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Monday, February 11, 2008

QPR's Financial Situation Under its New Owners: Bernie Ecclestone's Perspective

The Times/Alex Wade - February 11, 2008
QPR fans give thanks a billion times over
Throw money at Loftus Road? That’s rich, says Bernie Ecclestone (worth £2.24bn)

Bernie Ecclestone does not mince his words. “One thing’s for sure,” he says. “If we owe anything, we pay it back.”

Ecclestone, one of the wealthiest men in sport with an estimated fortune of £2.24 billion, was not referring to his family policy on monthly credit card repayments. The Formula One impresario was alluding to the debts he inherited when, along with Flavio Briatore, another of motor racing’s more colourful characters, he took over Queens Park Rangers.

Their arrival was greeted with rapture by long-suffering fans who in recent years have seen the club teeter from one calamity to another. The subsequent arrival of an even wealthier investor – Lakshmi Mittal, reputedly the world’s fifth-richest man – consolidated a new nickname for the club. With Mittal having bought 20 per cent of Briatore’s shareholding, fans were chanting “1-0 to the billionaires” when their team opened the scoring in a Coca-Cola Championship match against Barnsley last month.

But for all the excitement – even Naomi Campbell, the supermodel, has been seen in the directors’ box – QPR’s recent history is fraught. Since relegation from the top division in 1996, the club have gone into administration and been dogged by a succession of controversies. There have been off-field tragedies involving young players, the infamous “Great Brawl of China” – when a match against the China Olympic team descended into violence – and a remarkable court case in 2006 when seven men were acquitted of charges of conspiracy to blackmail, false imprisonment and handgun possession after Gianni Pala-dini, the chairman, alleged that a gun had been held to his head before a home match against Sheffield United.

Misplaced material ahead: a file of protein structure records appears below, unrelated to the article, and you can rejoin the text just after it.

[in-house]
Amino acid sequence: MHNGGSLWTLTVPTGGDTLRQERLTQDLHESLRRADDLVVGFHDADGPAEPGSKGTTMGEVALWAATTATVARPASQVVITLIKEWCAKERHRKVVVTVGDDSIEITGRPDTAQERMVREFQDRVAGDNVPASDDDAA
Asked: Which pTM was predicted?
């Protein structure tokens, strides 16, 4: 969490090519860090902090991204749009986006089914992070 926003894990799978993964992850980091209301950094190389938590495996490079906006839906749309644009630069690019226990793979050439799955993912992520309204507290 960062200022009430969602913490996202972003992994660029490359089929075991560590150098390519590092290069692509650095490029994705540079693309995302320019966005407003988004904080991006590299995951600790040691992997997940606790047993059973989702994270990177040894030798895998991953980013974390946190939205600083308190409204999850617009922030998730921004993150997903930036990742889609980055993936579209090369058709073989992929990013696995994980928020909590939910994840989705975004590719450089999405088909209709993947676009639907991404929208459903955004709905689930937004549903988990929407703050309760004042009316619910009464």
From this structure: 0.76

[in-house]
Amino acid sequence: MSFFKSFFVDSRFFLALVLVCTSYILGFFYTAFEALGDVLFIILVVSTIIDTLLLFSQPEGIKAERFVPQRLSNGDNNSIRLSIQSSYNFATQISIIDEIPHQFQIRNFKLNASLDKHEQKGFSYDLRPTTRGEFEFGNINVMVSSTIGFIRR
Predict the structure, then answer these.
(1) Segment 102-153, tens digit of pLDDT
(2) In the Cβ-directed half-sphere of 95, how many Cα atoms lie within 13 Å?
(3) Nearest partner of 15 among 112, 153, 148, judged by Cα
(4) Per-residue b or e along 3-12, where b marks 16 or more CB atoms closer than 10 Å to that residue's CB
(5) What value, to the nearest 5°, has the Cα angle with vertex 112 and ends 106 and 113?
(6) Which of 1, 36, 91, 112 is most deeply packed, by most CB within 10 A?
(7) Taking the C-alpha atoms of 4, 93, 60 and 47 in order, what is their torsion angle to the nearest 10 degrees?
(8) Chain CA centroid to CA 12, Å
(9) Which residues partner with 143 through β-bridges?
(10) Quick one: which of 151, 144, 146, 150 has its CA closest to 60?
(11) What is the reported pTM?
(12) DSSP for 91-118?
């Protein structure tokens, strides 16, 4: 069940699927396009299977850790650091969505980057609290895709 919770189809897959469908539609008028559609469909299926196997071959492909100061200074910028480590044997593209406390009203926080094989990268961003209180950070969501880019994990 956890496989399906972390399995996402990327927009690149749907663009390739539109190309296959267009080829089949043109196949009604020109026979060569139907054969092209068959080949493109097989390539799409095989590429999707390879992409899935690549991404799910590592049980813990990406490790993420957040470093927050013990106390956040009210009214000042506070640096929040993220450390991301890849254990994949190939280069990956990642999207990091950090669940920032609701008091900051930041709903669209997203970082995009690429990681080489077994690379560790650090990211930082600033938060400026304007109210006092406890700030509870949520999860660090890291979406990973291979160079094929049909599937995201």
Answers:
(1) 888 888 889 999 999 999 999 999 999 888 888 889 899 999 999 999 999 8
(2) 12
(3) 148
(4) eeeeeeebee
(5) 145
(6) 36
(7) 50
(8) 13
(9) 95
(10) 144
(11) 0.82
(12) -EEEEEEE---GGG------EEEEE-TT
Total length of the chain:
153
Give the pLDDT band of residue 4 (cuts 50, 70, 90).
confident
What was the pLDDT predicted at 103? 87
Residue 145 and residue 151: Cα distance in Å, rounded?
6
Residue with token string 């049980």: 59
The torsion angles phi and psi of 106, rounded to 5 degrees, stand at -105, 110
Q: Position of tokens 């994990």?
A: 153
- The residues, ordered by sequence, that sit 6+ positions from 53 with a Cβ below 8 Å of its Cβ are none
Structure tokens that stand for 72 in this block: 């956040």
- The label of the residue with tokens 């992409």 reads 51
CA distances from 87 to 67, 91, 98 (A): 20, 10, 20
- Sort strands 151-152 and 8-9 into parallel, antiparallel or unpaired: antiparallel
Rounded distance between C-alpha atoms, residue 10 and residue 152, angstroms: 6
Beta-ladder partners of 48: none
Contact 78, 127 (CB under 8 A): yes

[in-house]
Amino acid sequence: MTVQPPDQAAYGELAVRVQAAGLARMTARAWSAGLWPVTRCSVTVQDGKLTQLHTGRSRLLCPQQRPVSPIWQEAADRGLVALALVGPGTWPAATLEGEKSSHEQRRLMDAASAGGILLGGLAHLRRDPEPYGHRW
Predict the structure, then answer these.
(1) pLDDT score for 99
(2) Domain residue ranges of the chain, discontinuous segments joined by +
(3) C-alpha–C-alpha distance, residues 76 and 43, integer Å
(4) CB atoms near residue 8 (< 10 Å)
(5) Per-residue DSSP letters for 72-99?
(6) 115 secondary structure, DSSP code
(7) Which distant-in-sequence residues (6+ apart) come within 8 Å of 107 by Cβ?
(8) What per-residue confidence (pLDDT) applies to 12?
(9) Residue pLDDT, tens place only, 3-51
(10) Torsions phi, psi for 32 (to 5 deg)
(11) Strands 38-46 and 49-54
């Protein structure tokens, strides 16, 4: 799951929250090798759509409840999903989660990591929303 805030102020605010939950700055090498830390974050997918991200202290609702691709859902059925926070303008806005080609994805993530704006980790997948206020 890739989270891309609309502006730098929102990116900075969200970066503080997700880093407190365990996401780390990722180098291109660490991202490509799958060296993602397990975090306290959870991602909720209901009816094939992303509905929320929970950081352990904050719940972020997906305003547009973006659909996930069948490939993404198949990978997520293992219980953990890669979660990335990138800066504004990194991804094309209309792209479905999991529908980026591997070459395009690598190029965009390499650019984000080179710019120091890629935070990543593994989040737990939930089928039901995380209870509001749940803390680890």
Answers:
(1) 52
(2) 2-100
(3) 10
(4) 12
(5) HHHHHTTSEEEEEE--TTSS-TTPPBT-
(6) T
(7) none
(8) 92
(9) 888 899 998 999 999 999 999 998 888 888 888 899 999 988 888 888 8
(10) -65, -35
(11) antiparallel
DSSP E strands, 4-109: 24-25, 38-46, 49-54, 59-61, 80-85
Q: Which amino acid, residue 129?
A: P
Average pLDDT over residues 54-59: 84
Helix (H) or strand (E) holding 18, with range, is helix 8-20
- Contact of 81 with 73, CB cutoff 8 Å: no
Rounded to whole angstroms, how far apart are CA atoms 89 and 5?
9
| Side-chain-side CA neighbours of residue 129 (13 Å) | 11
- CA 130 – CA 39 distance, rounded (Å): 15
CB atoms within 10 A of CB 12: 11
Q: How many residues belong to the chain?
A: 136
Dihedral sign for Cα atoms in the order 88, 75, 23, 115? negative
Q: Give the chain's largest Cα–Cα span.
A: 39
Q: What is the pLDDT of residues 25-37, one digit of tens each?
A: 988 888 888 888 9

But if high noon at Loftus Road seemed, at times, in danger of becoming a weekly event, QPR emerged from administration in 2002 thanks to a £10 million loan from the ABC Corporation. The benevolence of the Panama-registered company came at a price – a cool £1 million in annual interest – and, until the Formula One duo turned up, seemed set to dog any attempt to escape the lower reaches of the second tier.

Yet even as Ecclestone and Co took the reins there were murmurs of disquiet. One newspaper made much of the fact that, some two months into the new regime, the ABC loan had yet to be discharged. Ecclestone is happy to set the record straight.

“We will pay the debt when we can – at the end of June this year,” he says. “That’s when the loan matures, so that’s when we can pay it back.” Likewise, debts to Antonio Caliendo, a former director and major shareholder, reportedly owed £2 million after the takeover. “We’re finalising the balance sheet with Mr Caliendo in order that we can clarify what is owed to him,” Ecclestone says. “When this is completed he will be paid immediately.”

The settling of such obligations will be good news for QPR fans; so, too, Ecclestone’s sense of the club and their future, despite what appeared to be some rather heretical confessions. He cheerfully admits that he was “never all that interested in the domestic game” and that, if anything, QPR’s sworn rivals, Chelsea, were his team, thanks to watching matches at Stamford Bridge with Roman Abramovich.

Moreover, Ecclestone says that QPR “wasn’t on my radar” and that he initially thought that they were not even a football team. “Flavio had been telling me he was looking at buying a restaurant, so when he called me one day to talk about QPR, that’s what I thought he was talking about,” Ecclestone says. Since getting involved, however, he has been delighted by the fans’ response. “They’ve been great,” he says. “They’re incredibly loyal and passionate, a really good bunch of supporters.”

The new owners see this season as one for consolidation, with a push for promotion in 2009. The idea of moving to a new stadium is not on the agenda, although Ecclestone agrees that Loftus Road, with a capacity of fewer than 19,000, is on the small side. “But we can’t move the place so we’re looking at ways to upgrade and refurbish it,” he says. “We need to work out how we can get the maximum use out of the ground.” Money has been spent, with Akos Buzsaky, the Hungary midfield player, Matthew Connolly, the defender signed from Arsenal, Hogan Ephraim, the former West Ham United winger, and Rowan Vine, the striker recruited from Birmingham City, among several players to commit their futures to the club. Luigi De Canio, the Italian manager, has overseen a steady climb towards mid-table safety.

Ecclestone is proud to have “saved the club from going out of business” but adds cautionary words for those who think a bottomless pit of money is available. “QPR isn’t a wealthy club. It’s a club that’s owned by some wealthy people,” he says. “No one is going to be lashing out lots of money. Things need to be done correctly and that’s what we’re going to do.”

After the club’s helter-skelter existence of recent years, a strong dose of pragmatism mixed with a healthy bank balance may be what the doctor ordered. The Times

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